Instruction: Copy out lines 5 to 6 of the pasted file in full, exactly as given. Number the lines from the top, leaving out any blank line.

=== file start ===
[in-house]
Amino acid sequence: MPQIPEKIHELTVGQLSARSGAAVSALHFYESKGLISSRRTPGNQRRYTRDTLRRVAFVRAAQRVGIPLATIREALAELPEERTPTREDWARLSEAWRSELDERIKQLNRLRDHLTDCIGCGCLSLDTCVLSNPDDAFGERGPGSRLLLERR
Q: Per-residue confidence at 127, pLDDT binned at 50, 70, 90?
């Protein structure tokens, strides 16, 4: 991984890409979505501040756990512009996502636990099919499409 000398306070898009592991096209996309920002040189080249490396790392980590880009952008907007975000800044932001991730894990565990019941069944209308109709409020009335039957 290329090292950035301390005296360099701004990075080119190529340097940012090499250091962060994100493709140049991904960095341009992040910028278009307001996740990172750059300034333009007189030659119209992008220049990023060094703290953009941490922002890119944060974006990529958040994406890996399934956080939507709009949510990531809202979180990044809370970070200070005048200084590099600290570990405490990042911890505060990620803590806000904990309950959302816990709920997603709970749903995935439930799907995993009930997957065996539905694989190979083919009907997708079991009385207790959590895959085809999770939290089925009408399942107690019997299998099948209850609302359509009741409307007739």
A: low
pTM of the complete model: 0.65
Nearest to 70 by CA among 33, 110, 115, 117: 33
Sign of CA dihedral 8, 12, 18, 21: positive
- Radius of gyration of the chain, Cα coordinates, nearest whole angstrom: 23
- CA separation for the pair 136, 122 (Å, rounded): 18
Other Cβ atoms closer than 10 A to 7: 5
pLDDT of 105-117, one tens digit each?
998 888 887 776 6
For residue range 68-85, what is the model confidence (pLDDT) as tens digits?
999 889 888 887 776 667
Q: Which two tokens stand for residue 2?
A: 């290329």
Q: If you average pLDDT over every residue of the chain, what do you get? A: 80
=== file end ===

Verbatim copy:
A: low
pTM of the complete model: 0.65